This is a fairly common math especially in gaming where we all use some sort of abstract grid to line up things nicely or whatever.

All this kind of math does is to treat a normally continuous real space of numbers as integers, or more precisely, as discrete jumps defined by some spacing parameter. You can quickly see that integers are just a special case where this spacing parameter is exactly 1.

So the dividing is what transforms one space into another (in this case, it’s just a line, so 1D “space”), it essentially flexes the original space so that the integers align with whatever your in-between spacing is. The next trick is to cull off the decimal part of the result (aka truncate the result) and this is typically done via **floor**ing, **ceil**ing, or **round**ing. These are three different flavors of converting a decimal point value to an integer.

Floor will nudge toward the nearest integer on the left of the value. Ceil does the opposite. And rounding will nudge it toward the nearest of the two (with some additional rules if it’s exactly in the middle).

jasonboukheir uses FloorToInt method which will also convert the type of the result from `float`

to `int`

as a convenience.

Everything else is really just extra fluff with regard to this specific geometry you’re after.

–

Edit:

Here are some commonly used functions from my libraries

```
// using System;
/// <summary> Rounds down a floating point value to the greatest integer smaller than n. </summary>
static public float floor(float n) => MathF.Floor(n);
/// <summary> Rounds up a floating point value to the smallest integer greater than n. </summary>
static public float ceil(float n) => MathF.Ceiling(n);
/// <summary> Rounds a floating point value to the nearest integer. </summary>
static public float round(float n) => MathF.Round(n);
/// <summary> Returns the fractional part of the floating point value. </summary>
static public float frac(float n) => n % 1f;
/// <summary> Returns the integral part of the number (truncates the fractional part). </summary>
static public float trunc(float n) => MathF.Truncate(n);
/// <summary> Rounds down a floating point value to the greatest step value smaller than n. </summary>
/// <param name="d"> Size of the step interval. No steps if d <= 0. </param>
/// <param name="o"> Optional. Step offset. Default: 0 </param>
static public float floorStep(float n, float d, float o = 0f)
=> d <= 0f? n : d * floor((n - o) / d) + o;
/// <summary> Rounds up a floating point value to the smallest step value greater than n. </summary>
/// <param name="d"> Size of the step interval. No steps if d <= 0. </param>
/// <param name="o"> Optional. Step offset. Default: 0 </param>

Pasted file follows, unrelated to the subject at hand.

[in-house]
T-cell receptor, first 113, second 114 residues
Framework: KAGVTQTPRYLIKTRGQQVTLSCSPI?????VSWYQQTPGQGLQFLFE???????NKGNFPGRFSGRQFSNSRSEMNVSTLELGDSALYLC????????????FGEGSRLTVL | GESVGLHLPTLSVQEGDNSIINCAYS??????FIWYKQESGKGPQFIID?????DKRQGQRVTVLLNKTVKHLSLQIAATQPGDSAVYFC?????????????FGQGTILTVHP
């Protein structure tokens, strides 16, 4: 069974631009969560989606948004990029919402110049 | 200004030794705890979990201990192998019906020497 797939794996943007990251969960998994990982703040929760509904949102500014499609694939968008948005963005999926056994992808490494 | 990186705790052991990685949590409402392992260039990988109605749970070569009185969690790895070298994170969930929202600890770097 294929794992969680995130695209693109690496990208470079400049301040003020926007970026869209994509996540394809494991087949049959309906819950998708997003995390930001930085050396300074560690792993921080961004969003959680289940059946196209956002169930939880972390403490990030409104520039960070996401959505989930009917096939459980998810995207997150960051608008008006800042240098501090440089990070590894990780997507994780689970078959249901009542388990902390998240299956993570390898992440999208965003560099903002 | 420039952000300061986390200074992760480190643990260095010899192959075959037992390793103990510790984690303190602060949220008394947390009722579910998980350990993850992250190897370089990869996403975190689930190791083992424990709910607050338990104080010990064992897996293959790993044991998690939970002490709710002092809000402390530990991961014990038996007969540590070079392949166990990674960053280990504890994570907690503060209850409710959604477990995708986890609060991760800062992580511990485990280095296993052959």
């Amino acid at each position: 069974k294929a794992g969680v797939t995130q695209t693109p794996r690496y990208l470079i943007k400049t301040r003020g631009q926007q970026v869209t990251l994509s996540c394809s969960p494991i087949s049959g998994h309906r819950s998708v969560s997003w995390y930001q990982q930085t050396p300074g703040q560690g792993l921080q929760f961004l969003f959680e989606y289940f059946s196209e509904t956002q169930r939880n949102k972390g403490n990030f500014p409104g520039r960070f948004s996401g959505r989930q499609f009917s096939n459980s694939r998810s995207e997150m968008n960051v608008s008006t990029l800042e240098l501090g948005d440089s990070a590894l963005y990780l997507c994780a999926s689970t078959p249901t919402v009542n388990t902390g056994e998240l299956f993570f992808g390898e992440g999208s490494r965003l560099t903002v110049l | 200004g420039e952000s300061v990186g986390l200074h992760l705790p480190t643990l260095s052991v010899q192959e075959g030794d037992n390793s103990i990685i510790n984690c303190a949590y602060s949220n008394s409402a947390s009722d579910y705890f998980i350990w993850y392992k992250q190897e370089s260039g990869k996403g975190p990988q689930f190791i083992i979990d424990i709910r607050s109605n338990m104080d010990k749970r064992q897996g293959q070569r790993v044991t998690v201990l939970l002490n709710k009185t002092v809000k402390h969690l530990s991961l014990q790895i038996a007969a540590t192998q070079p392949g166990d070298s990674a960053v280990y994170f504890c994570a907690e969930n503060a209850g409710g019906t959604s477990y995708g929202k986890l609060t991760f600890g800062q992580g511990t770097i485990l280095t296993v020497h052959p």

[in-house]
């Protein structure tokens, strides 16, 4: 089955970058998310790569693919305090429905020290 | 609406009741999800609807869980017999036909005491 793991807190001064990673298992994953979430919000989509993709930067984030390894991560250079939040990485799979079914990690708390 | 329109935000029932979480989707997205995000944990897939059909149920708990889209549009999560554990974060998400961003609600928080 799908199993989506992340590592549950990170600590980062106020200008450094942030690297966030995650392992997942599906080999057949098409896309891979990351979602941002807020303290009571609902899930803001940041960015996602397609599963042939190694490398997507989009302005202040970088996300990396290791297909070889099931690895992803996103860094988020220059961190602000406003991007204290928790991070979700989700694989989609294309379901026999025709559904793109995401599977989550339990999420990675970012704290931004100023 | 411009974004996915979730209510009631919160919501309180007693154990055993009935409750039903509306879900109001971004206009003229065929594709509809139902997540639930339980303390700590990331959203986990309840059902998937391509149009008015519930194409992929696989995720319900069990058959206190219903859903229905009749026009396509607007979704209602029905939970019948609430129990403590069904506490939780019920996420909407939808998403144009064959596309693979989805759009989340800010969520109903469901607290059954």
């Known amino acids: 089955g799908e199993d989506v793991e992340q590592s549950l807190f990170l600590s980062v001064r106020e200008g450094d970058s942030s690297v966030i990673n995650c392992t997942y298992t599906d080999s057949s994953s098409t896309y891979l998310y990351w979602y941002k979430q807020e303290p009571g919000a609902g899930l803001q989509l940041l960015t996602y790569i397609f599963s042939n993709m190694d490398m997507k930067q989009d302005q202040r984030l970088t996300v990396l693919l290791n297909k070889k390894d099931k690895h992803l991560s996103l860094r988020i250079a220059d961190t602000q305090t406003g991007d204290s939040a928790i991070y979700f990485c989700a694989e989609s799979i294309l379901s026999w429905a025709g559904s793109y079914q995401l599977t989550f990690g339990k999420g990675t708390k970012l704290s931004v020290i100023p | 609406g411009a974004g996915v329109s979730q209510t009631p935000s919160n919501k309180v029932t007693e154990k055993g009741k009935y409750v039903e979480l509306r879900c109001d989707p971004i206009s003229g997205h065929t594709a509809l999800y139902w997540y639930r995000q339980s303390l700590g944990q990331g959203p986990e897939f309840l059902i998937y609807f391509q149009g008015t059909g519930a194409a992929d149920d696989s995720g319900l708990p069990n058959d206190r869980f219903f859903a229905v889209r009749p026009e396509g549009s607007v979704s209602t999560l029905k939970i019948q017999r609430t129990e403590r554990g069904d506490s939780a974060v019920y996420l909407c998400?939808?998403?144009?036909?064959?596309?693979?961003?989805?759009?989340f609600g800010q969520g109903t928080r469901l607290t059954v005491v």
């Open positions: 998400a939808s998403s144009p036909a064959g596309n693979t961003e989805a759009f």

static public float ceilStep(float n, float d, float o = 0f)
=> d <= 0f? n : d * ceil((n - o) / d) + o;
/// <summary> Rounds a floating point value to the nearest step value. </summary>
/// <param name="d"> Size of the step interval. No steps if d <= 0. </param>
/// <param name="o"> Optional. Step offset. Default: 0 </param>
static public float roundStep(float n, float d, float o = 0f)
=> d <= 0f? n : d * round((n - o) / d) + o;
```

These `XStep`

variants are particularly useful when it comes to grid-like behavior. I nearly regularly use roundStep in my projects. And you can very easily see what I’ve explained at the top. A value is scaled by the spacing, then rounded to the nearest integer, then scaled back to its original space. This way the input values get **snapped** to some evenly spaced imaginary points. Imagine if `d`

was 1 then it would not scale anything, but `round`

would snap the values to whole numbers. The `o`

argument is used to optionally *offset* the regularity of the snapping to the left or right. This is useful when you want the points to land left or right from the 0, but never on the 0 itself.

If you apply this function to a multi-dimensional coordinate system, you get the grid behavior, and you can very easily change the spacing and offset for all desired axes.

```
[SerializeField] Vector2 _grid;
[SerializeField] Vector2 _offset;
Vector2 GetGridPoint(Vector2 point)
=> new(roundStep(point.x, _grid.x, _offset.x), roundStep(point.y, _grid.y, _offset.y));
void OnDrawGizmos() {
var mouse = ... // capture mouse position
DrawPoint(mouse, Color.cyan);
DrawPoint(GetGridPoint(mouse), Color.magenta);
}
```

Btw `Mathf.FloorToInt`

is just

```
public int FloorToInt(float value) => (int)MathF.Floor(value);
```